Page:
Dining with the Dead: Last Meals Delivery Service
It's Friday night and you're feelin' a bit peckish. Y'wanna order something but you don't know what. Thai? Pizza? Chinese? Nah, all of those have been done to death.
How 'bout a little schadenfreude?
Is a morbid appetite piqued somewhere deep in that reptilian part of your brain at the chance to dine at the same table (in a metaphysical sense, natch) with Ted Bundy or Aileen Wuornos? Well for a paltry $20--the state allotted maximum for an inmate's last meal you can nosh death row and eat a replica of the final meal consumed by a death row prisoner courtesy Last Meals Delivery Service.
Now I'm quite proud of the fact that (like Hannibal Lecter) I'll put pretty much anything in my mouth at least once and I was intrigued by the write up this service got in Vice so I bit, and dropped them a line.
Orders have to be placed a couple days in advance It also helps if you're not sure what you feel like having in general since one of the conditions of this service is that your meal is chosen for you. That's right, for you serial killer fanboys & girls out there, you can't just call up and order a John Wayne Gacy with the works. And is it worth it? According to Paul Kneale, a local artist and the mastermind behind Last Meals Delivery Service: "That's the $20 question".
Paul studied at U of T and Universitaat Van Amsterdam though for this project he cites particular influences that come mostly outside of the traditional art-school sphere "from Yahoo News, watching people at the Eaton Centre, popular science etc."
Having served about a dozen of these meals in the past month or so, I was curious and asked him if there were any surprises during the course of the research for this piece regarding what someone chose as their last meal on earth and he mentioned "I don't know if I was necessarily surprised by a particular choice, however the choices do often reflect something of the condemned person. Jesus chose bread and wine, while others have chosen fast-food or even refused a meal altogether."
According to the (other) source of all knowledge, last meals have a long and storied tradition in western culture as a way of absolving the executioner (and by extension their culture) of any guilt in the execution. So I was thinking a lot about all that Wikipedia-type stuff as I hungrily waited for my dinner to arrive.
I don't know what I was expecting. Possibly someone dressed as a grim reaper or in a prison guard uniform or something equally dramatic opening up a thermal bag with a puff of yellow sulfur-y smoke and handing me a styrofoam container that was eerily cool to the touch. Ideally, I'd've left my $20 (sorry, cash only folks) in an envelope at my front door and after a brief wait the doorbell would ring and the food would appear without any human agency to puncture the veil.
Paul's actually quite an amiable, handsome fellow who pleasantly explained that there was a DVD included with the meal to watch while you ate (which was scratched, didn't really play, and was just a jittery youtube burn of some CBN near-death experience stuff that really didn't enhance the meal much) and like a macabre happy meal, even comes with a "prize": a mask which I believe was supposed to be the face of the person who was executed.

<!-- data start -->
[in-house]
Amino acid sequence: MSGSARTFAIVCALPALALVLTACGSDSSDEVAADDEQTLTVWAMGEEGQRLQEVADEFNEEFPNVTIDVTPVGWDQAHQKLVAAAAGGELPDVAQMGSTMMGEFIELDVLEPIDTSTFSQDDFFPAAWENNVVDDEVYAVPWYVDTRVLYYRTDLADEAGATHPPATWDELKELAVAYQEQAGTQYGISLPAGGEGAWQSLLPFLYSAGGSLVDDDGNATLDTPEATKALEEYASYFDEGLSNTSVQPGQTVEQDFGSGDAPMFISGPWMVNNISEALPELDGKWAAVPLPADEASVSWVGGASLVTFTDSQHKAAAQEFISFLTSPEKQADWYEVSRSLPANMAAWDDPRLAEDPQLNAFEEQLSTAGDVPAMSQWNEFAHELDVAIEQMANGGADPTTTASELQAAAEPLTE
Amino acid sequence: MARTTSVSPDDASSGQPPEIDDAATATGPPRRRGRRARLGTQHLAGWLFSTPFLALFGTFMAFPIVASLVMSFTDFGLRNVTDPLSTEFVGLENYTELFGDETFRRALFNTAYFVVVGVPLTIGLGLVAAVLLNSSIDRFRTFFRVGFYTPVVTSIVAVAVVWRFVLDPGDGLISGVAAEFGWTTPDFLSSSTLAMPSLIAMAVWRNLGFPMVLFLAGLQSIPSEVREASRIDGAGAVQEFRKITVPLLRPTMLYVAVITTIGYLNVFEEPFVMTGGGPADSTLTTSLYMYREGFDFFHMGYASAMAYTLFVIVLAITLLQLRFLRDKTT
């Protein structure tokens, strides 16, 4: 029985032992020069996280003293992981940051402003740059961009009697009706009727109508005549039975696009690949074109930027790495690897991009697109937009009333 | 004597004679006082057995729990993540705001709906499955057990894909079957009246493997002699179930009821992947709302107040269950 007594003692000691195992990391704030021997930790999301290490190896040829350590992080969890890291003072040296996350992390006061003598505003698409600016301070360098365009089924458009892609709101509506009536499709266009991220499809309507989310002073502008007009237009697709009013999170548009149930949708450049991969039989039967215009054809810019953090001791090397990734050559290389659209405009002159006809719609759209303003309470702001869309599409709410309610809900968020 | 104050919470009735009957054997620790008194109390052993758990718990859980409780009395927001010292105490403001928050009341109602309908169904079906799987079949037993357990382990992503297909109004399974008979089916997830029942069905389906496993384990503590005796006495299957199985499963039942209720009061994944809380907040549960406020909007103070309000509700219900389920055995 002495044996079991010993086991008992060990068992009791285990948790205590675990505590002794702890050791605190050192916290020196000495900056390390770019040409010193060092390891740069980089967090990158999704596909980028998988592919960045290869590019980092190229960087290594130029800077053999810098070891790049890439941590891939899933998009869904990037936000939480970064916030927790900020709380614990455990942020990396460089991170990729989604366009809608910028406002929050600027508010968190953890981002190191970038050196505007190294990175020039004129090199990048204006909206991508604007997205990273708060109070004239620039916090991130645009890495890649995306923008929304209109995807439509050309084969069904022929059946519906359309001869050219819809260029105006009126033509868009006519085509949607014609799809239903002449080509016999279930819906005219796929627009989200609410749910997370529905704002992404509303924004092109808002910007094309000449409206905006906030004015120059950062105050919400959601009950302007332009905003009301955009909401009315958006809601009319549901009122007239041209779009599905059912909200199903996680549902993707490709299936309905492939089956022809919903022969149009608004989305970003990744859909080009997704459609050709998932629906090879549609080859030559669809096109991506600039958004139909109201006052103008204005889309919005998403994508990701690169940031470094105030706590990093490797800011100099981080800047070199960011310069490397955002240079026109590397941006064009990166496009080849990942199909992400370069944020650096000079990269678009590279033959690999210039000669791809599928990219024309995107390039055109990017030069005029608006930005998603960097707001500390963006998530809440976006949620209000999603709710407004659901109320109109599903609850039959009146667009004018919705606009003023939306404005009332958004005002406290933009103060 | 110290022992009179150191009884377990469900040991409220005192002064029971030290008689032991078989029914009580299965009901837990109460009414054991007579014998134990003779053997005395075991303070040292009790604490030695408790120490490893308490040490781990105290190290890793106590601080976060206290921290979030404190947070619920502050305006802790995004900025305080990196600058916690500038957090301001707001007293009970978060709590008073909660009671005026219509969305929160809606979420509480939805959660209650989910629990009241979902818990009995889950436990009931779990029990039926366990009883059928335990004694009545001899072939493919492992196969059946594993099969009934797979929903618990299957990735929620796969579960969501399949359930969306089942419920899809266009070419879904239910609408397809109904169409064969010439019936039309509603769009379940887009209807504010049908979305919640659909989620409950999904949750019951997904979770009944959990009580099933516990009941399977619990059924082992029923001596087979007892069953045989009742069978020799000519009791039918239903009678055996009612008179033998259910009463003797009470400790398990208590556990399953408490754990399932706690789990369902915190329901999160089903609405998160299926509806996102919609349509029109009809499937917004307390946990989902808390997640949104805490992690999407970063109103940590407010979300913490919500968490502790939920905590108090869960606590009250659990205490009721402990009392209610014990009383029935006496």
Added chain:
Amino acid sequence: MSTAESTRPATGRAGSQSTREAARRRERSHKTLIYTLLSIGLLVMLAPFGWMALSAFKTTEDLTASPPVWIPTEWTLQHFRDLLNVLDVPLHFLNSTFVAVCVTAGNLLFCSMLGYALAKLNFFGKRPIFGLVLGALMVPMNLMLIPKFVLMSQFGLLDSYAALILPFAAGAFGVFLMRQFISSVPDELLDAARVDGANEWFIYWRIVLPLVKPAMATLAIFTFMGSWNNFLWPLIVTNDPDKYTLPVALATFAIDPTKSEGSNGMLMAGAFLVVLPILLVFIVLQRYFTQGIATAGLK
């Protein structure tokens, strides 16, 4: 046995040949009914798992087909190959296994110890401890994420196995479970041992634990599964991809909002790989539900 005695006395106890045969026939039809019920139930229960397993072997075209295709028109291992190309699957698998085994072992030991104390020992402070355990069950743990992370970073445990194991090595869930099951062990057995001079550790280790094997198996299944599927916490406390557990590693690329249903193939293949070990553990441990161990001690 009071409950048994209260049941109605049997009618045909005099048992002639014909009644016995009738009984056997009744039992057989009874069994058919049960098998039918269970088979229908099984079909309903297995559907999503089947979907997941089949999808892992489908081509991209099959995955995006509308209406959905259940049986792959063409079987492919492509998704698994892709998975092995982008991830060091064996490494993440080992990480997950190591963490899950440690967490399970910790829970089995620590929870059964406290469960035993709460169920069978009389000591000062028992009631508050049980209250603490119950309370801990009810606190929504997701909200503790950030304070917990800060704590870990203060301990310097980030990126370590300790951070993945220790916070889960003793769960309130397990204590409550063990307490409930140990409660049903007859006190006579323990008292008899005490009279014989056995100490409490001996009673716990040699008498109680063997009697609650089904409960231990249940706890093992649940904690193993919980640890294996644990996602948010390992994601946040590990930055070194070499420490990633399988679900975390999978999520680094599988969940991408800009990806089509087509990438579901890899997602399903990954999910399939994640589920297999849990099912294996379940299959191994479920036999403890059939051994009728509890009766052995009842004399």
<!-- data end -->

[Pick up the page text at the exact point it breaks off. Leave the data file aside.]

After a little research of my own, I'm not sure my mask was an accurate depiction of the convict whose last meal I was about to share--and besides, there wasn't any mouth-hole cut out so I couldn't exactly wear it while eating which would've been kinda cool. So I was content to let it sit at the table and stare at me through empty eye-holes as I noshed.
By now i'm sure you're all just frothy with anticipation as to which lucky (or unlucky) dead-guy I drew. His name was James Bryant Hudson (prisoner #924), convicted of killing 3 people in a dispute over a shared driveway. His last meal included a cheeseburger, a tossed salad, large fries with ketchup, a pile of saltines, an apple turnover and for some reason I can't really fathom, a pair of brand-new white tube socks. Everything tasted okay; it wasn't exactly home-made.
I spent some time wondering which local greasy spoon supplied the dry, chewy burger, the overly French-dressed salad and how much it would've cost me if I'd purchased it on my own--I reckon about $10 minus the tube socks. But then again it was only ever tangentially about the food.
As far as the experience goes, it definitely provided some interesting dinner conversation about capital punishment, culpability, to what extent meat is in fact murder and whether nutrition is relevant to someone about to be injected with a lethal dose of potassium chloride. In an attempt to try and connect with this project I washed it all down with a beer (a luxury not afforded to death row inmates) in hopes of finding some kind of resonance that my conscious brain was either too unwilling or frightened to accept.
No such luck.
I guess I was looking for a more profound experience considering this was someone's last meal on earth but trivial questions kept popping up instead of more profound ones and it left me struggling with exactly what point was trying to be made out of all this.
I'd definitely recommend this project to anyone interested in something a little extraordinary for a quiet night in; make sure you have company cos conversation's a given. Just manage your expectations and you'll be fine since ultimately, it's an exceedingly interesting concept but the execution could use a little work.
All photos courtesy Paul Kay except "Masks" courtesy Paul Kneale.